Experience the new TAFE NSW website... Launch Beta!
Browse hundreds of courses with a wide range of study options from online courses to diploma qualifications, training and full-time education. Learn more
A variety of scholarship opportunities are available for different areas of study, across the state. Learn more
View our news, press releases, videos, announcements and publications about TAFE NSW. Learn more
TAFE NSW student working on a game
Picture this, you are alone in a destroyed city and there is a crazy robot trying to kill you. To escape, you need to dodge missiles and get yourself to ‘power-ups’ which will give you an energy boost. There are obstacles all around and you might accidentally activate a bigger more dangerous missile.
In a virtual reality game which Port Macquarie local and TAFE NSW student Ryan Horwood created, those are the challenges you’ll face just to get through a level.
Mr Horwood is studying a Diploma of Digital and Interactive Games at TAFE NSW, after completing a Certificate IV in 2018.
Mr Horwood was interested in gaming from a young age and that was often the hot topic during recess at school. As an adult, he is turning that childhood passion into a career.
“The career options are endless in the gaming industry. You can do programming, audio design, engineering, scriptwriting, creative lead, 3D modelling. Whatever creative outlet interests you…and that’s just to create one game.”
Teacher of Information Technology & Creative Industries at TAFE NSW, Jason Vallely, said the global games market was on track to be worth about $190 billion this year and is expected to grow at about 10 per cent a year for the next three years. About half of that revenue is expected to be generated in the Asia-Pacific, on Australia’s doorstep.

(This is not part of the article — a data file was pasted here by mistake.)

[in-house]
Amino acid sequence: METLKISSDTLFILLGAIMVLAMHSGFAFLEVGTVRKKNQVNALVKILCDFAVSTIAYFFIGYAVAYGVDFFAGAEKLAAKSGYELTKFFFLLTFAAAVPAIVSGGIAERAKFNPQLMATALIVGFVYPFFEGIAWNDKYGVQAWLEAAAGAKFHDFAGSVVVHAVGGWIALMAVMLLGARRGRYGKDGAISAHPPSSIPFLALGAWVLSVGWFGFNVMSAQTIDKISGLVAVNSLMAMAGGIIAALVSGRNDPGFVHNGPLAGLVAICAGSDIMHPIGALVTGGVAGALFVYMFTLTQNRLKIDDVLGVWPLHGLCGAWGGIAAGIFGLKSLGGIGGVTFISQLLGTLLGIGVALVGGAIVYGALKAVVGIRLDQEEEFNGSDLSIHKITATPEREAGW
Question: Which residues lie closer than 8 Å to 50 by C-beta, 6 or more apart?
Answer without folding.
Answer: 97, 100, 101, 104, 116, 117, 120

“We are seeing many more jobs in gaming come online and that will continue to grow.”
Australia’s professional gaming tournament industry – known as eSports – is predicted to grow in value from $8 million in 2017 to $21 million by 2022.
“There’s this whole generation that are growing up with games as their main form of entertainment and businesses of all types need to cater to them or miss out,” Mr Vallely said.
“That means businesses are ‘gameifying’ their products and marketing to make them more digitally attractive.
“If young people gain formal training in game programming skills now, they can position themselves to be the movers and shakers in the new way of doing business in the future.”
TAFE NSW offers a host of gaming related courses including Bachelor of 3D Art and Animation, Diploma of Digital and Interactive Games and short courses if you just want a taster. These can also be studied online, when and where it suits students, via TAFE Digital.
For more detail on TAFE NSW courses, face-to-face or online, visit www.tafensw.com.au or call 131 601.
Media contact: Sarah Lievore, TAFE NSW Media Officer, firstname.lastname@example.org